The Convention on International Trade in Endangered Species (CITES)

The Convention on International Trade in Endangered Species (CITES)

Nobody values nature and biodiversity more than those in the fur sector. Nature is precious and deserves protection and this is the most apparent to those that work in nature every day and rely on it for their very survival. That is why IFF has long been a supporter of CITES, the international agreement controlling trade in wild endangered species. CITES has been signed by 182 different parties, making it a truly global agreement.

Too many times in human history, endangered species of plants and animals have been driven to endangerment and even extinction. Often this is down to fluctuations in environmental variables (changes in climate etc.) but historically trade in wildlife or wildlife-derived products can play a role in this.

    CITES can be broken down into three lists, known as The Appendices:

  • Appendices I:
    Appendix I includes species threatened with extinction. Trade in specimens of these species is permitted only in exceptional circumstances.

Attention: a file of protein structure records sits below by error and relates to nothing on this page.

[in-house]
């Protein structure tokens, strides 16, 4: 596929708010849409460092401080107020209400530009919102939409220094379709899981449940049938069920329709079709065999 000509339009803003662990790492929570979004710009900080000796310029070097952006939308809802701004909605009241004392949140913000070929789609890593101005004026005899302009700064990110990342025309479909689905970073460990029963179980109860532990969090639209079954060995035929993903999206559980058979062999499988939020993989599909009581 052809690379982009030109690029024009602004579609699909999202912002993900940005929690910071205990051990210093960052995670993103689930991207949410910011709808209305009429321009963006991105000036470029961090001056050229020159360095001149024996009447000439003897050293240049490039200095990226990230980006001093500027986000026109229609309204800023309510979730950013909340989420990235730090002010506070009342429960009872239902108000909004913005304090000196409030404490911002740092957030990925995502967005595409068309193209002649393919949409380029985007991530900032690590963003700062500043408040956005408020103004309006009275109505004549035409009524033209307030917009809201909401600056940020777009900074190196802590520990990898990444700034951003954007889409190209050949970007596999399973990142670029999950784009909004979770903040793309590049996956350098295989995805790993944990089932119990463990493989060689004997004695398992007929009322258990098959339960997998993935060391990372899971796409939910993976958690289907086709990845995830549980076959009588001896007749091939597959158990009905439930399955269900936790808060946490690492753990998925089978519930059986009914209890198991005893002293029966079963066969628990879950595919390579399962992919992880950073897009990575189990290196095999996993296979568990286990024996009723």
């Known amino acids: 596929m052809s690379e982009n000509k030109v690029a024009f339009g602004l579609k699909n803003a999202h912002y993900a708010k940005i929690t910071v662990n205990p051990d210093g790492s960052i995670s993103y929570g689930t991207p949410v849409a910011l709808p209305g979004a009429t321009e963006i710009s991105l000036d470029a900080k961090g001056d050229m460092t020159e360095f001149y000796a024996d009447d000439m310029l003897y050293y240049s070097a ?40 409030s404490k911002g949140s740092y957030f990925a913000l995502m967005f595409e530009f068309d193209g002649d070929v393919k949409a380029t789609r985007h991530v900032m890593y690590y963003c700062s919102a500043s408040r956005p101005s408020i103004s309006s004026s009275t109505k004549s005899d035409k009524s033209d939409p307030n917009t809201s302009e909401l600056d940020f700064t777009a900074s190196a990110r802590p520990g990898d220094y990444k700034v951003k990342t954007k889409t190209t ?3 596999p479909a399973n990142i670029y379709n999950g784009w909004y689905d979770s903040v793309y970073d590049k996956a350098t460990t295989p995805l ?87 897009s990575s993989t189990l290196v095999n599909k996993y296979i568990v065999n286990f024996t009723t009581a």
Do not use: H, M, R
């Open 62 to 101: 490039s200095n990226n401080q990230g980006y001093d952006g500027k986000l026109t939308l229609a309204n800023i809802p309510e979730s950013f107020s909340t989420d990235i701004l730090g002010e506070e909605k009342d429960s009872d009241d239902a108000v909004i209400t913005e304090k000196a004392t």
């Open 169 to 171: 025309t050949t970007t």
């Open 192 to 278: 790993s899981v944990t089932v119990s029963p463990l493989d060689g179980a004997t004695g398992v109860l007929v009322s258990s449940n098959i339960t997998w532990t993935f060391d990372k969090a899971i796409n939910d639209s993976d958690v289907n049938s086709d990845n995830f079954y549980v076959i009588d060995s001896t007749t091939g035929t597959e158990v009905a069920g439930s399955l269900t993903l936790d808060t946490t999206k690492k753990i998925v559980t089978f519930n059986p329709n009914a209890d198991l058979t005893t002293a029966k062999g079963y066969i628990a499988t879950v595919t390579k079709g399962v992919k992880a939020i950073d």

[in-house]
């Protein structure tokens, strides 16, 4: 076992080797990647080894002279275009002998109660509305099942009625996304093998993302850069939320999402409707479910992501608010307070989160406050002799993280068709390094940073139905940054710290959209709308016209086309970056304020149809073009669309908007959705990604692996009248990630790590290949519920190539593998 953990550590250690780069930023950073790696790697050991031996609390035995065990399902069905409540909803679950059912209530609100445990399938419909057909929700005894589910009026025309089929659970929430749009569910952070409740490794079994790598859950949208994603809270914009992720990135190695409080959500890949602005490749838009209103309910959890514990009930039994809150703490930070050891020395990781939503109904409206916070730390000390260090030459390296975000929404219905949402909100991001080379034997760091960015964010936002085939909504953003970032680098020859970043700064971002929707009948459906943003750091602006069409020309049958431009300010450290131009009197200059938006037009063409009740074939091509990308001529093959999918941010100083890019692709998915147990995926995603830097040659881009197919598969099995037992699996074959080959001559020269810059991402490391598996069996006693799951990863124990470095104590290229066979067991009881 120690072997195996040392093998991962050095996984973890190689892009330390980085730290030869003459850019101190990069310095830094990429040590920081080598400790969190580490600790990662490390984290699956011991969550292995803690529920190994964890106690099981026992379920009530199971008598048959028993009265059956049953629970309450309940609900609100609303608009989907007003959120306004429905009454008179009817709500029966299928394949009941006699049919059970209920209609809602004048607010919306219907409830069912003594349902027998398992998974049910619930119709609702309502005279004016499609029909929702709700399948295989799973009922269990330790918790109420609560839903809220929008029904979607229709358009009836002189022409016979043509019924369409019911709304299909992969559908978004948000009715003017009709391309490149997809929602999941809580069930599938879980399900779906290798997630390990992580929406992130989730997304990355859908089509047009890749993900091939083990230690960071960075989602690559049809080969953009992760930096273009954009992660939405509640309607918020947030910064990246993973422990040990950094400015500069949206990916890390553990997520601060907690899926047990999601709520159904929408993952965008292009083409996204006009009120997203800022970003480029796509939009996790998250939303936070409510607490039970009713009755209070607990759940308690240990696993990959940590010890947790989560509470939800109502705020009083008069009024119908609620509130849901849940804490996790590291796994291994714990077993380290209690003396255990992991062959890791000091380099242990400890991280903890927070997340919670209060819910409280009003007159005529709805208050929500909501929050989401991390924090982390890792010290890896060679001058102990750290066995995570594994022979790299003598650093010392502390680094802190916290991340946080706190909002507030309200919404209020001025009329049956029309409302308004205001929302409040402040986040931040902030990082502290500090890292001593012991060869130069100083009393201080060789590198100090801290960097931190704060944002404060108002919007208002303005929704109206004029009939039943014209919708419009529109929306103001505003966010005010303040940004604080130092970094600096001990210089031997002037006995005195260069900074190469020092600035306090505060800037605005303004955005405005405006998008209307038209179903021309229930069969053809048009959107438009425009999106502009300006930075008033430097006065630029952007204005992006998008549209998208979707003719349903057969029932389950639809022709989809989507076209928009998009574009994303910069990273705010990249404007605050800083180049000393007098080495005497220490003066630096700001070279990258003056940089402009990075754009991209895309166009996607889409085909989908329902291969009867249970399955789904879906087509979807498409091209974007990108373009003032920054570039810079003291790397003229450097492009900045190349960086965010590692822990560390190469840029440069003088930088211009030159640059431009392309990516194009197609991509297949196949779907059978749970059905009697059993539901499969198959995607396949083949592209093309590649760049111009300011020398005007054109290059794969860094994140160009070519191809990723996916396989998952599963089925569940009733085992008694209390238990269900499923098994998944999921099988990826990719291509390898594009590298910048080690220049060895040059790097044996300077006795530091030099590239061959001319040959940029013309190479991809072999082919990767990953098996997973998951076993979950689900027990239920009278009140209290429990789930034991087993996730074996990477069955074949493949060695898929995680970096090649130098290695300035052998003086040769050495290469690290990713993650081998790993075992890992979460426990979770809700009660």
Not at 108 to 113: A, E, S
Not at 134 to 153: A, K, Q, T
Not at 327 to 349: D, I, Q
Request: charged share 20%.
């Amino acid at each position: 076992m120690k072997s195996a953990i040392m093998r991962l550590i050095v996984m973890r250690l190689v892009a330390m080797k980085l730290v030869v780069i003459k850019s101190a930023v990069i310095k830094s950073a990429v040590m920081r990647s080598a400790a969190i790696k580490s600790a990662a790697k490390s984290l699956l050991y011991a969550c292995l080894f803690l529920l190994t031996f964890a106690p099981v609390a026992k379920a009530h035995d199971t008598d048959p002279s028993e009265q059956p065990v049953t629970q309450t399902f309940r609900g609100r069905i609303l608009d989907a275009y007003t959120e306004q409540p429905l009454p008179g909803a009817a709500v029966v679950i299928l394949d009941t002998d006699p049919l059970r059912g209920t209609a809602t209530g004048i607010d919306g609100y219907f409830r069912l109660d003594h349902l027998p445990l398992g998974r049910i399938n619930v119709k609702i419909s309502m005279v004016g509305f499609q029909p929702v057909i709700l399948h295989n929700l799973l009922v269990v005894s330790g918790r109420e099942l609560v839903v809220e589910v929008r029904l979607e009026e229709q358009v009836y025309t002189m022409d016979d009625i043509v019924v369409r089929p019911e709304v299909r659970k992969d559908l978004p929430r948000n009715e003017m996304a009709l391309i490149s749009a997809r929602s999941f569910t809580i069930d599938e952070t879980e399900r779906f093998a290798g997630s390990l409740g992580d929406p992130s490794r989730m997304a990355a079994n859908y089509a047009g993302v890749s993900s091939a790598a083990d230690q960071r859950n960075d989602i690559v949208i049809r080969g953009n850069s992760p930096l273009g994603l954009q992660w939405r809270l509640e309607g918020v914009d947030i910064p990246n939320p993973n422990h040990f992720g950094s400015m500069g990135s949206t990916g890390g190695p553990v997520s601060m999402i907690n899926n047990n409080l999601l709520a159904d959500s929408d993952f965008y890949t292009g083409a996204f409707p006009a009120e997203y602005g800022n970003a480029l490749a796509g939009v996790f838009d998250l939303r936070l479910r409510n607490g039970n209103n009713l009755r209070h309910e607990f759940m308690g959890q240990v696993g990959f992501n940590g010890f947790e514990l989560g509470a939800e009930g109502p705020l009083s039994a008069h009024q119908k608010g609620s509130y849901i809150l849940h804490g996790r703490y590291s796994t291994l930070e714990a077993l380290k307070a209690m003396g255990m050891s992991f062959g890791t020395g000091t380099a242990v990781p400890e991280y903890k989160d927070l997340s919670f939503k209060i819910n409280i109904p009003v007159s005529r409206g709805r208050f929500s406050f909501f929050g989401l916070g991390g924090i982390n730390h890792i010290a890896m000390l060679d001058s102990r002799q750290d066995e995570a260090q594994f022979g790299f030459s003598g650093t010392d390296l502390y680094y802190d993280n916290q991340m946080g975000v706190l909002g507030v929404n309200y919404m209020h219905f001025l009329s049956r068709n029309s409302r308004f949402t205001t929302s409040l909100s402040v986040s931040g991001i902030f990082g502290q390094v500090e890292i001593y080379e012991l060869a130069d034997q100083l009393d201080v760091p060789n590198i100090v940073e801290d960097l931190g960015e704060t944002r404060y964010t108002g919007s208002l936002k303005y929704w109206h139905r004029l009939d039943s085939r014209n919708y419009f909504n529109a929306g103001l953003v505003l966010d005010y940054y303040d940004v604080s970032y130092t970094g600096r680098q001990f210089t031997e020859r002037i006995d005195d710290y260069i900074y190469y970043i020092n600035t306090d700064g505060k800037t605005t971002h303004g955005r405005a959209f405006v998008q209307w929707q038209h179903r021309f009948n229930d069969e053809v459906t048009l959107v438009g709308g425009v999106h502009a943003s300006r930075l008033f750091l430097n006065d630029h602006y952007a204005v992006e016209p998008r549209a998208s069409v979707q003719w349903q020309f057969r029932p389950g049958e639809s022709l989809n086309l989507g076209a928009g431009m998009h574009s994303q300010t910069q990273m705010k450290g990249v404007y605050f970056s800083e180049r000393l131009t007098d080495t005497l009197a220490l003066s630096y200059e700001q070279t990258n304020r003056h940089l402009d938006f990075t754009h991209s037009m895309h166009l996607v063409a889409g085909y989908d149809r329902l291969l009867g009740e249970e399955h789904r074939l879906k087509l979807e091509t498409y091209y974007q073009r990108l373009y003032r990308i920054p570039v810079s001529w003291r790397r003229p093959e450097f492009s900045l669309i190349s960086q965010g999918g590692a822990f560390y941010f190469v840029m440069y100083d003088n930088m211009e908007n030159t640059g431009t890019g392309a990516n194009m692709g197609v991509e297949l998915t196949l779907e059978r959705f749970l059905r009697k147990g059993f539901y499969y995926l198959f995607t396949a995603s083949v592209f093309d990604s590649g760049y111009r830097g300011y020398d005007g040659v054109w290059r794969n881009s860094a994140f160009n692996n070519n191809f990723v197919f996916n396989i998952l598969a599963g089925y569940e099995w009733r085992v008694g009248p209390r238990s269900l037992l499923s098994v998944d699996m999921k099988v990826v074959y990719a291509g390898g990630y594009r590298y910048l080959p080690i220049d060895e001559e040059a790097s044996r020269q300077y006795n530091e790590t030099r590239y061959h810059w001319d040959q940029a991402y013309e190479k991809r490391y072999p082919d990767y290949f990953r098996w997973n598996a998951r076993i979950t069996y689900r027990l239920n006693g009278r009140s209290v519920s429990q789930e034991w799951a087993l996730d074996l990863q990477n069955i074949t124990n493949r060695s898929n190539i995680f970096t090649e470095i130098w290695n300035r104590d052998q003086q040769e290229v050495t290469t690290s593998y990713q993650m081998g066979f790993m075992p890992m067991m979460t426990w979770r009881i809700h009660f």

• Appendix II:
    Appendix II includes species not necessarily threatened with extinction, but in which trade must be controlled in order to avoid utilisation incompatible with their survival. When fur that comes from an Appendix II-listed species is imported/exported, it needs to be accompanied by documentation verifying it’s legitimacy and legality.
  • Appendix III:
    Appendix III contains species that are protected in at least one country, which has asked other CITES Parties for assistance in controlling the trade. Changes to Appendix III follow a distinct procedure from changes to Appendices I and II, as each Party’s is entitled to make unilateral amendments to it.
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